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Crime Of The Century - A Chilling Look At Crime Statistics In The UK


Why some staff feel they have to bend the rules should, however, be considered and addressed. The police officer is very often the person within the criminal justice system who is closest to the victim. Not surprisingly, constant exposure to their suffering, coupled with a sense of inadequacy to relieve it, can lead to a feeling of injustice and frustration.


Her Majesty’s Inspector encourages chief officers and the ACPO to pay close attention to this phenomenon, continue to expose areas within the criminal justice system which investigating officers and victims feel should be improved and pursue any necessary changes in the law with vigour.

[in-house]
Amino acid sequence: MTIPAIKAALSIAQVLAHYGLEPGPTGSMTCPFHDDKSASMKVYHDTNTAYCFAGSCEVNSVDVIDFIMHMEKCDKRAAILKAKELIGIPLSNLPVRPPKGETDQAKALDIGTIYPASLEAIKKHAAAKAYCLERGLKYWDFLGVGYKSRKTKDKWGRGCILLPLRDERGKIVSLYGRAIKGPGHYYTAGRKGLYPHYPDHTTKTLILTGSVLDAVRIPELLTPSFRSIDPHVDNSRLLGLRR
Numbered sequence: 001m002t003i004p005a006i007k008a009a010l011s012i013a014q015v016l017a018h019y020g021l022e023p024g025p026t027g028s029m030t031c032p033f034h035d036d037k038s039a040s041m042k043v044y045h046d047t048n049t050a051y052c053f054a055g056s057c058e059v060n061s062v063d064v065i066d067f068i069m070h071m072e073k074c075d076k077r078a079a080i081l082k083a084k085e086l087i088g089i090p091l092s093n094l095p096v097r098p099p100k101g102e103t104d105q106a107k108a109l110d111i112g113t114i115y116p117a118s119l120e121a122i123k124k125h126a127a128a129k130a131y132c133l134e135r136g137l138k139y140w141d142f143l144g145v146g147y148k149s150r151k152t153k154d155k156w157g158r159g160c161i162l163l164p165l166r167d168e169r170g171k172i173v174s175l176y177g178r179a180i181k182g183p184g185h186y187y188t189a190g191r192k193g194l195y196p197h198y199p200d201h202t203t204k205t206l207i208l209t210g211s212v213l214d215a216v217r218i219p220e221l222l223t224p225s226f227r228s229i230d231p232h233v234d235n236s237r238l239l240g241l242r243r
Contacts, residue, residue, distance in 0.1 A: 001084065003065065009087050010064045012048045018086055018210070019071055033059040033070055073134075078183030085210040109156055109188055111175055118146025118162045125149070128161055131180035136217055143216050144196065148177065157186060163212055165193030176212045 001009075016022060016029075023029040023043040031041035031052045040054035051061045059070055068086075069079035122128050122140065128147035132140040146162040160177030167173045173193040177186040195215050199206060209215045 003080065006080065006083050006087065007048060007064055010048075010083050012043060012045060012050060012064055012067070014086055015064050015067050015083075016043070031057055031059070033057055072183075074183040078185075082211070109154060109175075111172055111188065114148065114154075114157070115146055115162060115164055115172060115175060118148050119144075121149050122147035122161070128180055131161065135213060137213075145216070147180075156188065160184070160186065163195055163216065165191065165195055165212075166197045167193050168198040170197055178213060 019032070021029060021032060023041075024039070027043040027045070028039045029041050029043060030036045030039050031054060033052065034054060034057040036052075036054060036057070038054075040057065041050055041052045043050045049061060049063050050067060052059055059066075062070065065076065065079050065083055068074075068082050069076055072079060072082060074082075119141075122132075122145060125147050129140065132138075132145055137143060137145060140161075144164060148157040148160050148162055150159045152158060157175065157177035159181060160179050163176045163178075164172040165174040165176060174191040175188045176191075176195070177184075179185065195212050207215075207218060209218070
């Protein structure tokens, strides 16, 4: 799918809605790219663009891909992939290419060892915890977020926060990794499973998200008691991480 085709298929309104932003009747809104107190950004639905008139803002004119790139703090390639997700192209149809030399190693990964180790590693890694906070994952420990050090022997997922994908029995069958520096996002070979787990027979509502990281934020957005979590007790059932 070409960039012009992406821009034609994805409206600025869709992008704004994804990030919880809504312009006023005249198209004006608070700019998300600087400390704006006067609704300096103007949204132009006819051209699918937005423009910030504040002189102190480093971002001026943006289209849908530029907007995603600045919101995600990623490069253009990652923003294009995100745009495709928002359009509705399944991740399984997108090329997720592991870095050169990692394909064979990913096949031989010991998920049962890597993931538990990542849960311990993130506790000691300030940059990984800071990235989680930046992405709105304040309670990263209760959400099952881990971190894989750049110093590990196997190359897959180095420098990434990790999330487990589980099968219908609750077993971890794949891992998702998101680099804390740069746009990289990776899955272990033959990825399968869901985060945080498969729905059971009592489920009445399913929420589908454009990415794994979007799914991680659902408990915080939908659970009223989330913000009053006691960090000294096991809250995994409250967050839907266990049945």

Her Majesty’s Inspector is concerned many junior operational officers are often unaware of the leadership being given by senior colleagues. Policing is a difficult and complex duty and those in the ‘front line’ need to know their senior leaders acknowledge those areas which create the most difficulty and are seen to be taking steps to support them.


A simple improvement in marketing by chief officers and the ACPO may help in this respect. A feeling should be generated that the whole Service is pulling in the same direction”.


The section of the HMIC report concludes with:-


“Her Majesty’s Inspector recommends all chief officers should ensure there is in place an adequate monitoring process to maintain a corporate approach to ethical crime recording and investigation”.


“Her Majesty’s Inspector recommends all chief officers should ensure there is in place an adequate monitoring process to maintain a


corporate approach to ethical crime recording and investigation”.


The HMIC thematic report referred to above only scratched the surface of a major problem that still exists with the police recording of crime to this day. Many similar reports and Government/Home Office commissioned investigations have revealed that such practices continue, but to date, failed to “Nail” the problem once and for all.


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